I’ve been kicking this idea around in my head for the last couple of days, trying to decide what to write…
Return with me, for a moment, back to the computational hardware class you took in college (if you did take one, don’t worry if you didn’t). Do you remember discussing program/memory flow? How about locality of reference for RAM access? Well, I wanted to discuss a few ideas about locality of reference in regards to network security.
First off, let’s define the different kinds of locality of reference, first there is temporal locality, then spatial locality and finally sequential locality. Here are the quick-and-dirty definitions:
Temporal locality states that when you access something, it is likely you will access the same thing again
Spatial locality states that when you access a particular piece of data, you are likely to access data near that piece in the future.
Sequential locality states that when you access a piece of data, you are likely to access nearby data in either an ascending or descending fashion.
So, what does this have to do with information security? (if anything) Well, I believe you can apply this kind of data collection methods to network traffic when looking at a whole network. For a simple example, take for instance 2 machines, each one one serving DNS records to clients on a network. In a typical example, a client would query one of the two machines (probably the first one, using the 2nd as backup if the first didn’t respond), retrieve it’s name record and be done with the connection right? How about in the case of something scanning the network for DNS servers as potential targets? You could expect to see both DNS servers queried within a short amount of time, by the same host. In this case, the person doing automated scanning exhibited symptoms of locality (in this case, spatial, although it could have been sequential depending on the IP assignments) when scanning for vulnerabilities.
How does this help us? Well, as we increase in our security monitoring, we may be able to gain an additional edge over scanning tools by classifying network traffic according to the locality of it’s flow. An nmap scan of an entire subnet (even just 1 port), for example, would be displaying sequential locality that would most likely not show up during legitimate use. An nmap scan of 1 host, all ports (let’s pretend nmap doesn’t randomize port scanning order) shows sequential locality as far as ports are concerned (which is also an example of determining wether it was automated or human scanning.
Each of the different kinds of locality you would expect to see in a different environment, in the case of temporal locality, if you had, say, a DHCP server, you would expect to see a small amount of temporal locality between hosts (for legitimate uses) since each host would only send out a DHCP request if it either lost it’s current address (needed to renew), or was just joining the network for the first time. Seeing one host exhibit a great deal of DHCP temporal locality (say…requesting a DHCP license 50 times in 1 minute), should trigger an alarm.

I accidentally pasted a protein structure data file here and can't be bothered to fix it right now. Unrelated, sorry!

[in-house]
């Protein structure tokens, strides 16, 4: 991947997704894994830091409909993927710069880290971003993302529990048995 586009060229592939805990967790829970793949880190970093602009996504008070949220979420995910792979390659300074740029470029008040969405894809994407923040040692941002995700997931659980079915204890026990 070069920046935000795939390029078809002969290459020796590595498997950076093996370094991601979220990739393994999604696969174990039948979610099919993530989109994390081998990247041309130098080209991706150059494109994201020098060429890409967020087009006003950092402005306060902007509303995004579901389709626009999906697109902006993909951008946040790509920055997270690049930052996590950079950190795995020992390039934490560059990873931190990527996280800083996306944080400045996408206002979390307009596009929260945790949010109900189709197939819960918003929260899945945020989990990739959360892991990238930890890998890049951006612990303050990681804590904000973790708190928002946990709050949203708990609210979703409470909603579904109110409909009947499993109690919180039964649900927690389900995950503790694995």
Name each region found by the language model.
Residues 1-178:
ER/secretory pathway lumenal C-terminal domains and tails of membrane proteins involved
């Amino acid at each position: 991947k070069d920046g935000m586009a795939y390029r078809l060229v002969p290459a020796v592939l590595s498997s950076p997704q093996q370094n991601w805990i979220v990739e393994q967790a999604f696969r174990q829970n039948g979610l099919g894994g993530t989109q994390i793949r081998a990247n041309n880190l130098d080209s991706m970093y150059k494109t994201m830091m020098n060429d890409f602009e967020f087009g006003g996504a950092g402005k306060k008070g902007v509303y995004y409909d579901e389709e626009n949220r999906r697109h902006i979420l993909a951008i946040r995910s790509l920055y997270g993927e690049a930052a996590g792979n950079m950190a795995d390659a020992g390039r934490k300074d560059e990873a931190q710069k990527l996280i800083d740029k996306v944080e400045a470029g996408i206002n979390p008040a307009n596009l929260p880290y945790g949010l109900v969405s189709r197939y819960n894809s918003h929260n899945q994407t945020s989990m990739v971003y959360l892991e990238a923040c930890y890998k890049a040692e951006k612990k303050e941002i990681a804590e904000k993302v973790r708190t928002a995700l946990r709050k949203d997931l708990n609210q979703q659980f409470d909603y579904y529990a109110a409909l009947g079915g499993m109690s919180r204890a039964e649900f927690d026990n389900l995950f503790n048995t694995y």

Another thing this can help us determine is whether it is a real-live person generating this traffic, or an automated tool. Example:
A live person is gathering data about auditing a network, they decide to start with DNS servers, they gather a list of DNS servers, then manually gather information about each server by attempting to log in, grabbing banners, etc.
An automated tool scans a subnet, noting any DNS servers it finds, it then (sequentially), attempts to gather information from each server the same exact way. It makes no distinction between different kinds of DNS servers, etc, the network traffic sent is the same for each server.
A sensor, capturing this traffic, looks at the traffic sent by the live person, sees the lack of a sequential scan packets against DNS servers, the direct approach (“I know what information I’m gathering and how to gather it directly without resorting to a scan”) and notes the lack of sequential and temporal locality.
The same sensor looks at the traffic sent by the automated tool, sees the network flow example of sequential locality (scanning a subnet, incrementing IPs by 1) and temporal locality (since many automated tools query the same server multiple times). It also compares the traffic sent to each of the different DNS servers (was the exact same query sent each time?) and from that, determines the amount of locality exceeds the threshold to classify it as an automated scan/attack.
Unfortunately, I don’t have any kind of tool to do this kind of analysis right now, I also don’t know of any tool that specifically handles looking at data with locality of reference in mind. Think about your network, what servers do you have where temporal locality would be expected? Now what kind of locality would you NOT expect to see against the same machine, website crawling? Port traversal? What locality differences would you expect to see in a human vs. automated usage of your network? How about applying it at a filesystem level, expecting to see sequential file access for a group of files?
I certainly don’t claim to be an expert in locality of reference (or NSM, for that matter), but I was curious if anyone has come across anything else like this. If you have, leave me a comment with a link to a paper or article about it, I’m very interested in reading more about it. I would appreciate it